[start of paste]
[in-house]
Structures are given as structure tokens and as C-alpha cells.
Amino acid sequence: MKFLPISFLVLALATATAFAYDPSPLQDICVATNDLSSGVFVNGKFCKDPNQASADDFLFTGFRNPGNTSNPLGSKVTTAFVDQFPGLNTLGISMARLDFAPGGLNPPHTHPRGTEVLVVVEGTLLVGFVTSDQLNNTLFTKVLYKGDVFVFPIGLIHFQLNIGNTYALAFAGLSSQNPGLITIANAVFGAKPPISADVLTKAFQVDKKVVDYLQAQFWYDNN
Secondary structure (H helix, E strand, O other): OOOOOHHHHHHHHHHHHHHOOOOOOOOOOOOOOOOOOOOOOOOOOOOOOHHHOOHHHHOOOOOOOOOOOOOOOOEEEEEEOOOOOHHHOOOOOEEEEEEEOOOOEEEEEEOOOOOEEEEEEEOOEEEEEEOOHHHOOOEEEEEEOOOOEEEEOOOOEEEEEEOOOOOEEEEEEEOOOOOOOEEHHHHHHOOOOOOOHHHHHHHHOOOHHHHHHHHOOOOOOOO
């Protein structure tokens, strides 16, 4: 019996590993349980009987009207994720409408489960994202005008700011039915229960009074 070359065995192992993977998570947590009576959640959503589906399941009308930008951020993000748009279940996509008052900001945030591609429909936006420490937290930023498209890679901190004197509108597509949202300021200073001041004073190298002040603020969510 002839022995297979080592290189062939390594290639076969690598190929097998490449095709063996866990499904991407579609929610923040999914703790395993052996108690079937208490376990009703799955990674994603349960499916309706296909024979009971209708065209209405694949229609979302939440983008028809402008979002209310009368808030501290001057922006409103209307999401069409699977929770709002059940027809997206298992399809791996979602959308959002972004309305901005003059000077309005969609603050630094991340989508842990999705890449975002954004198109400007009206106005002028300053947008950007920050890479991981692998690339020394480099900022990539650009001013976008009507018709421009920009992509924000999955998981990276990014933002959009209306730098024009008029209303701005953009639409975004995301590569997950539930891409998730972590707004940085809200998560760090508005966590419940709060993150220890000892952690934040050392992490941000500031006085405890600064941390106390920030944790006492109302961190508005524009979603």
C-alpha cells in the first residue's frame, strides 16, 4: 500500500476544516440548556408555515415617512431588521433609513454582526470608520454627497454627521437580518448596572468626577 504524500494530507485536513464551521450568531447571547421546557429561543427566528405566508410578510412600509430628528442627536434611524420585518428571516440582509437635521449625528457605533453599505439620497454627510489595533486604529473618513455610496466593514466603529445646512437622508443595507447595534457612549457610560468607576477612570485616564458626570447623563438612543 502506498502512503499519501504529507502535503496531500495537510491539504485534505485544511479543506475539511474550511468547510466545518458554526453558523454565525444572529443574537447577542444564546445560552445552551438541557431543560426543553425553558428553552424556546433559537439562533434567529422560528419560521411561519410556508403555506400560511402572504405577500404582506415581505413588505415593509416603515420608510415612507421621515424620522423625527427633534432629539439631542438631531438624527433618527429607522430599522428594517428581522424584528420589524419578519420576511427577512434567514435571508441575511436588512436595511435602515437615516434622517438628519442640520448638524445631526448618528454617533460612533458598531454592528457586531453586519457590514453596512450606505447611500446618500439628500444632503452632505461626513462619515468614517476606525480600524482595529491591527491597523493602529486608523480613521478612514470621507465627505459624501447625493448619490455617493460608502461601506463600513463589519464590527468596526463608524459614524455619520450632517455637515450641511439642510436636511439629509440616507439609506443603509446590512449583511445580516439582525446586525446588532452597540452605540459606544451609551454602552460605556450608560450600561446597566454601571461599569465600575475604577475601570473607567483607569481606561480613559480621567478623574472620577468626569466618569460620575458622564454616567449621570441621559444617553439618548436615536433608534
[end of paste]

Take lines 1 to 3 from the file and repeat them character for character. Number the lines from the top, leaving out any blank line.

[in-house]
Structures are given as structure tokens and as C-alpha cells.
Amino acid sequence: MKFLPISFLVLALATATAFAYDPSPLQDICVATNDLSSGVFVNGKFCKDPNQASADDFLFTGFRNPGNTSNPLGSKVTTAFVDQFPGLNTLGISMARLDFAPGGLNPPHTHPRGTEVLVVVEGTLLVGFVTSDQLNNTLFTKVLYKGDVFVFPIGLIHFQLNIGNTYALAFAGLSSQNPGLITIANAVFGAKPPISADVLTKAFQVDKKVVDYLQAQFWYDNN